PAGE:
Comment: Layers of imitation. (Score 3, Insightful) 328

by pavon (#49246185) Attached to: New Crop of LED Filament Bulbs Look Almost Exactly Like Incandescents

These are really cool. But it did make me chuckle when the article talked about how current LED candelabra bulb in particular are quite ugly. The candelabra bulbs were made to (poorly) mimic the shape of candle flame, and now we are attempting to mimic that imitation because we have gotten used to the way it looks :)

Comment: Re:Redmine is good (Score 2) 144

by PetiePooo (#49243021) Attached to: Ask Slashdot: Issue Tracker For Non-Engineers?
Agreed.

While Redmine definitely has plenty of plugins and features for "agilism," it's easy to bypass or ignore them. It also allows SSO for Windows users with fallback to user+password, sends change and assignment notices by email, and has a Wiki built in. You can auto-create recurring issues if that's needed (think assigned weekly/monthly tasks), and there's a knowledge-base plugin that we've also found useful. It is project centered, where you can assign subsets of users to projects when they're created, and archive cancelled or completed projects to remove clutter.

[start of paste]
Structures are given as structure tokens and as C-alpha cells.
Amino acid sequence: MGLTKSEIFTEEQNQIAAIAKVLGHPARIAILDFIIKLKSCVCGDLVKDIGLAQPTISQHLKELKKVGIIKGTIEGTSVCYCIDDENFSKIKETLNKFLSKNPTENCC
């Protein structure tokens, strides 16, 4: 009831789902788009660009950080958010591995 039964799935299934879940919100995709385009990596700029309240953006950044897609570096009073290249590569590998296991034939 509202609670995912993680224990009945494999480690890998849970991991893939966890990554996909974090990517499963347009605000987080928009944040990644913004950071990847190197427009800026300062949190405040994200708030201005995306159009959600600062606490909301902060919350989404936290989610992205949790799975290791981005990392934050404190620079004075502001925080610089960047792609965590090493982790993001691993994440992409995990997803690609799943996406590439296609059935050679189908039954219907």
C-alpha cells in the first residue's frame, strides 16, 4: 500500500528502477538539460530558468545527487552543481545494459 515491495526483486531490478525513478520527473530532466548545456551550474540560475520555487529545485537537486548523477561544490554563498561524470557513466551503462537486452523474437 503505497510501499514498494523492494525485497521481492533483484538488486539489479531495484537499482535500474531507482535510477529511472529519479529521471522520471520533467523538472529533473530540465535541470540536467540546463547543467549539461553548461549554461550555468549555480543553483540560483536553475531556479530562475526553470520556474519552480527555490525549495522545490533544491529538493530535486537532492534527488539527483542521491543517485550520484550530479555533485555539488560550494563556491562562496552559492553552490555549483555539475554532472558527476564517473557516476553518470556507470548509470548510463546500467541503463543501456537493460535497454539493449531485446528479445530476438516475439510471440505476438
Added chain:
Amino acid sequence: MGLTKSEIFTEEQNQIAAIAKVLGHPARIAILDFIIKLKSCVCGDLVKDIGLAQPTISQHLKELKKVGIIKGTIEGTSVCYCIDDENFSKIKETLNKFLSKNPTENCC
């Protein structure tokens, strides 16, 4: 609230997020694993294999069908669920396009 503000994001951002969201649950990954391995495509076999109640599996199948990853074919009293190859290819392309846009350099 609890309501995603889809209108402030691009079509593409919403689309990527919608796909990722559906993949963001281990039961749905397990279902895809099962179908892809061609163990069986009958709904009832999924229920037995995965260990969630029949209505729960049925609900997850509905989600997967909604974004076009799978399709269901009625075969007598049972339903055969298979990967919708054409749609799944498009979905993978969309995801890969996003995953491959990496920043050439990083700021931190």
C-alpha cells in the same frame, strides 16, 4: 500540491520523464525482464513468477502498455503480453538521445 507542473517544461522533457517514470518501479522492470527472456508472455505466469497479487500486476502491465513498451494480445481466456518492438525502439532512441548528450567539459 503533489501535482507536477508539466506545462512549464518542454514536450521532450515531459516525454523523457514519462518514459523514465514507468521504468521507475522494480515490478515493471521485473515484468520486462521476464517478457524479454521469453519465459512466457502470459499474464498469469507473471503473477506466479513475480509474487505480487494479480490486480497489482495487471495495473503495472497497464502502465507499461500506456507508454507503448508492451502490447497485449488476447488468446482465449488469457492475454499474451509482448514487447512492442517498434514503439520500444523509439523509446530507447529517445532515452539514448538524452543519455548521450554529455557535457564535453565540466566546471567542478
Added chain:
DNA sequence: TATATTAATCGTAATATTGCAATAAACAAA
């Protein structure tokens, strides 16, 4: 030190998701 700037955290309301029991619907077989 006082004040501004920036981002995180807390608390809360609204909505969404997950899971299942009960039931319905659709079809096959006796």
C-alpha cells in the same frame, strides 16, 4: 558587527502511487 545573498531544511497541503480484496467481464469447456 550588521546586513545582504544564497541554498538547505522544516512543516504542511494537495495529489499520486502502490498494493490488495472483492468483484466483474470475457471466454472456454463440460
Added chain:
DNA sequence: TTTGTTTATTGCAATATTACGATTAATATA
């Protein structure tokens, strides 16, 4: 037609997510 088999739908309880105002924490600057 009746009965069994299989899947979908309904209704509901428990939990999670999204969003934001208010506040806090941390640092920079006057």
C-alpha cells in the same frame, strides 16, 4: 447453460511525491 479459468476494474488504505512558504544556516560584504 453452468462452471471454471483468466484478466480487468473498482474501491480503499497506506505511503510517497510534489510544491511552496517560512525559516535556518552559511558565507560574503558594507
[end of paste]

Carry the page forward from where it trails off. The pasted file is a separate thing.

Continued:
Comment: Beating fossil? (Score 1) 356

by prisoner-of-enigma (#49241031) Attached to: New Solar Capacity Beats Coal and Wind, Again

The headline is pretty misleading, and the illogical nature of it is revealed in the opening sentences of the "article." How in the world can you say solar "beats coal and wind" when it is responsible for roughly 1% of overall generation? Sure, it *added* more capacity by percentage this year than other power generation types, but so what? If I generated zero watts last year via hamster wheel generation and added one watt this year, my percentage increase is...well...infinity! Haha! I beat everything on the planet! But my actual generation is laughable.

I'm not trying to talk down solar, or wind, or anything. I'm just sick of the sensational headlines full of hyperbole picking relatively useless metrics to claim something like this is really amazing when, in fact, it's quite pedestrian.

Comment: Wow! A thousand??? (Score 2) 192

by prisoner-of-enigma (#49234059) Attached to: Steam On Linux Now Has Over a Thousand Games Available

Now there's more games than gamers!